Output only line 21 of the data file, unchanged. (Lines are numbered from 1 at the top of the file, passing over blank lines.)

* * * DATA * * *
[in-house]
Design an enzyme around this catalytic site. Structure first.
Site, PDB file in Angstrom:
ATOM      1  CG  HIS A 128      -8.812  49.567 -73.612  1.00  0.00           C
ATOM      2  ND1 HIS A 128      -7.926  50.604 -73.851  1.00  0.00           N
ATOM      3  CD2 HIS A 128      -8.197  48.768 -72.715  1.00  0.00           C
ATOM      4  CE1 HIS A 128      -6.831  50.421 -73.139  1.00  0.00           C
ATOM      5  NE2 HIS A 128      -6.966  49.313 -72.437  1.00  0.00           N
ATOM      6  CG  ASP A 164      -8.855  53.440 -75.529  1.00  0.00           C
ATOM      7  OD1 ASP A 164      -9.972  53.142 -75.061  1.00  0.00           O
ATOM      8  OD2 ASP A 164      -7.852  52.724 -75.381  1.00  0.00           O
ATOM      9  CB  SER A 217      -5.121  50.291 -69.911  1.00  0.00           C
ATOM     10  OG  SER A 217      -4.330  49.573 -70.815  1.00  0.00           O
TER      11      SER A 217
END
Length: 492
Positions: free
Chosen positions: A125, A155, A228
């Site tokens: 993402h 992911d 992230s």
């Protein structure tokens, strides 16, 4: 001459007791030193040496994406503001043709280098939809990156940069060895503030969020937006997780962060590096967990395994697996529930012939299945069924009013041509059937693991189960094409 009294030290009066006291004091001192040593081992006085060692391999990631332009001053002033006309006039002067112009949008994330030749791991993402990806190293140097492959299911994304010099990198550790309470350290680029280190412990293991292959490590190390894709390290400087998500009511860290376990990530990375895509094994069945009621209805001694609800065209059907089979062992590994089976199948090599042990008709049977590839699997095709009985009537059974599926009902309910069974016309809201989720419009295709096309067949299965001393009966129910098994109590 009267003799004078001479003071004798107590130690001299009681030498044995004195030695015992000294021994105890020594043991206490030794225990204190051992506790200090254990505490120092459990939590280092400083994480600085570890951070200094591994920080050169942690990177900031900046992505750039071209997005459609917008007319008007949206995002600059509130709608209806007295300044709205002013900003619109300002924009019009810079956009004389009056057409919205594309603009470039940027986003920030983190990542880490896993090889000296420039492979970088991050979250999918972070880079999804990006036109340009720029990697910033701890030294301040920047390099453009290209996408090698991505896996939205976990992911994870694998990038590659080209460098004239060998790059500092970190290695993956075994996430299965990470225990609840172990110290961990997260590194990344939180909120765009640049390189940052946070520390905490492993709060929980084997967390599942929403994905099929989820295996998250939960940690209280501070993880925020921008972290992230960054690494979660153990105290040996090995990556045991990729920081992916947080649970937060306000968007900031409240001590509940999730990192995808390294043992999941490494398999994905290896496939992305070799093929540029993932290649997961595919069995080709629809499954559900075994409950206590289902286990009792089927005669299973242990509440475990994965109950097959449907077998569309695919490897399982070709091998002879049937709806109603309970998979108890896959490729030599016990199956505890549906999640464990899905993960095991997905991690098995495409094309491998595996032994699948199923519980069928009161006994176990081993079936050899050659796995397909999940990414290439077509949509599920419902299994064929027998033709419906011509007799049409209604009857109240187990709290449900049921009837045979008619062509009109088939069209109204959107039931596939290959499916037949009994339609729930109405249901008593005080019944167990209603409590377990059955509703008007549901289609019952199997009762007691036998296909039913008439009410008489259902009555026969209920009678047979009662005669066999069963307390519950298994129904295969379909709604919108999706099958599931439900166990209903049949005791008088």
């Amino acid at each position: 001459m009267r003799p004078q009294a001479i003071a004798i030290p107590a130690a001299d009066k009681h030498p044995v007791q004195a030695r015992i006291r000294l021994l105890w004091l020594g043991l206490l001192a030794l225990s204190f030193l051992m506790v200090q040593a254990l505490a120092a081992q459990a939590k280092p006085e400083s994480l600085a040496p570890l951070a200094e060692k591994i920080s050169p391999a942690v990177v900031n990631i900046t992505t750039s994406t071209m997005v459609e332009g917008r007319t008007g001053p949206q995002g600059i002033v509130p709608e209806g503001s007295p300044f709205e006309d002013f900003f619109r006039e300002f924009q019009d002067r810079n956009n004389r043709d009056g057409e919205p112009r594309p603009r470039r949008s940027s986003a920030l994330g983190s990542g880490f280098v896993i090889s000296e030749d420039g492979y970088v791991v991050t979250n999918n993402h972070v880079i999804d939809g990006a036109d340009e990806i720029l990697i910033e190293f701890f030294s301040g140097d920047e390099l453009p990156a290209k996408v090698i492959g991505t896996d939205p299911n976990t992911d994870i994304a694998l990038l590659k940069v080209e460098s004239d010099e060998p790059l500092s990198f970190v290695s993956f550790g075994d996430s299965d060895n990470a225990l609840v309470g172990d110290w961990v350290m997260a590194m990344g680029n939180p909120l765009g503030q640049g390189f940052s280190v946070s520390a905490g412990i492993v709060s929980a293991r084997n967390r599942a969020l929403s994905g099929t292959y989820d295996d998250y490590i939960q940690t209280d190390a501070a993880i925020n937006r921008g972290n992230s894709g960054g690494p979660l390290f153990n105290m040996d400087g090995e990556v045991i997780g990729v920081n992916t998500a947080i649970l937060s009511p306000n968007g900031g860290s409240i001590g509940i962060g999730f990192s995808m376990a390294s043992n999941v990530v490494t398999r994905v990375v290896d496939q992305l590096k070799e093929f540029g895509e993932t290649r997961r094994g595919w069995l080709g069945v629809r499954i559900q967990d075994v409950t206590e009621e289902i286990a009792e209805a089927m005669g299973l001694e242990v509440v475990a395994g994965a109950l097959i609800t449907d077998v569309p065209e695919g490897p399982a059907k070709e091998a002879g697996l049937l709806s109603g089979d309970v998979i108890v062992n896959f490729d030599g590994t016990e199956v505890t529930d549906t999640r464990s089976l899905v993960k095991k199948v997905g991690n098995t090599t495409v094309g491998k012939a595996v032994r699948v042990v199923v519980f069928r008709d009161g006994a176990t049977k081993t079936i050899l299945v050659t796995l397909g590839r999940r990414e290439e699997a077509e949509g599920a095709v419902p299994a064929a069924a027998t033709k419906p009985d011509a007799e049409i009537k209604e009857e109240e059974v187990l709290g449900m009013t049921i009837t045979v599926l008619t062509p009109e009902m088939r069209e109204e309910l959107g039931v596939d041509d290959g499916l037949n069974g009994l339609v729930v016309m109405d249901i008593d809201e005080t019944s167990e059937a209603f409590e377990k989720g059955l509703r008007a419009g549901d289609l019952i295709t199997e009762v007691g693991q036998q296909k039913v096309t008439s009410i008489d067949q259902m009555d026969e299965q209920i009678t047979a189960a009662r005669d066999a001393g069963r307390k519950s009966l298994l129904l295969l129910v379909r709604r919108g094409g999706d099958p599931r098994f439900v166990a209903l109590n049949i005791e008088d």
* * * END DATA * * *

């Amino acid at each position: 001459m009267r003799p004078q009294a001479i003071a004798i030290p107590a130690a001299d009066k009681h030498p044995v007791q004195a030695r015992i006291r000294l021994l105890w004091l020594g043991l206490l001192a030794l225990s204190f030193l051992m506790v200090q040593a254990l505490a120092a081992q459990a939590k280092p006085e400083s994480l600085a040496p570890l951070a200094e060692k591994i920080s050169p391999a942690v990177v900031n990631i900046t992505t750039s994406t071209m997005v459609e332009g917008r007319t008007g001053p949206q995002g600059i002033v509130p709608e209806g503001s007295p300044f709205e006309d002013f900003f619109r006039e300002f924009q019009d002067r810079n956009n004389r043709d009056g057409e919205p112009r594309p603009r470039r949008s940027s986003a920030l994330g983190s990542g880490f280098v896993i090889s000296e030749d420039g492979y970088v791991v991050t979250n999918n993402h972070v880079i999804d939809g990006a036109d340009e990806i720029l990697i910033e190293f701890f030294s301040g140097d920047e390099l453009p990156a290209k996408v090698i492959g991505t896996d939205p299911n976990t992911d994870i994304a694998l990038l590659k940069v080209e460098s004239d010099e060998p790059l500092s990198f970190v290695s993956f550790g075994d996430s299965d060895n990470a225990l609840v309470g172990d110290w961990v350290m997260a590194m990344g680029n939180p909120l765009g503030q640049g390189f940052s280190v946070s520390a905490g412990i492993v709060s929980a293991r084997n967390r599942a969020l929403s994905g099929t292959y989820d295996d998250y490590i939960q940690t209280d190390a501070a993880i925020n937006r921008g972290n992230s894709g960054g690494p979660l390290f153990n105290m040996d400087g090995e990556v045991i997780g990729v920081n992916t998500a947080i649970l937060s009511p306000n968007g900031g860290s409240i001590g509940i962060g999730f990192s995808m376990a390294s043992n999941v990530v490494t398999r994905v990375v290896d496939q992305l590096k070799e093929f540029g895509e993932t290649r997961r094994g595919w069995l080709g069945v629809r499954i559900q967990d075994v409950t206590e009621e289902i286990a009792e209805a089927m005669g299973l001694e242990v509440v475990a395994g994965a109950l097959i609800t449907d077998v569309p065209e695919g490897p399982a059907k070709e091998a002879g697996l049937l709806s109603g089979d309970v998979i108890v062992n896959f490729d030599g590994t016990e199956v505890t529930d549906t999640r464990s089976l899905v993960k095991k199948v997905g991690n098995t090599t495409v094309g491998k012939a595996v032994r699948v042990v199923v519980f069928r008709d009161g006994a176990t049977k081993t079936i050899l299945v050659t796995l397909g590839r999940r990414e290439e699997a077509e949509g599920a095709v419902p299994a064929a069924a027998t033709k419906p009985d011509a007799e049409i009537k209604e009857e109240e059974v187990l709290g449900m009013t049921i009837t045979v599926l008619t062509p009109e009902m088939r069209e109204e309910l959107g039931v596939d041509d290959g499916l037949n069974g009994l339609v729930v016309m109405d249901i008593d809201e005080t019944s167990e059937a209603f409590e377990k989720g059955l509703r008007a419009g549901d289609l019952i295709t199997e009762v007691g693991q036998q296909k039913v096309t008439s009410i008489d067949q259902m009555d026969e299965q209920i009678t047979a189960a009662r005669d066999a001393g069963r307390k519950s009966l298994l129904l295969l129910v379909r709604r919108g094409g999706d099958p599931r098994f439900v166990a209903l109590n049949i005791e008088d």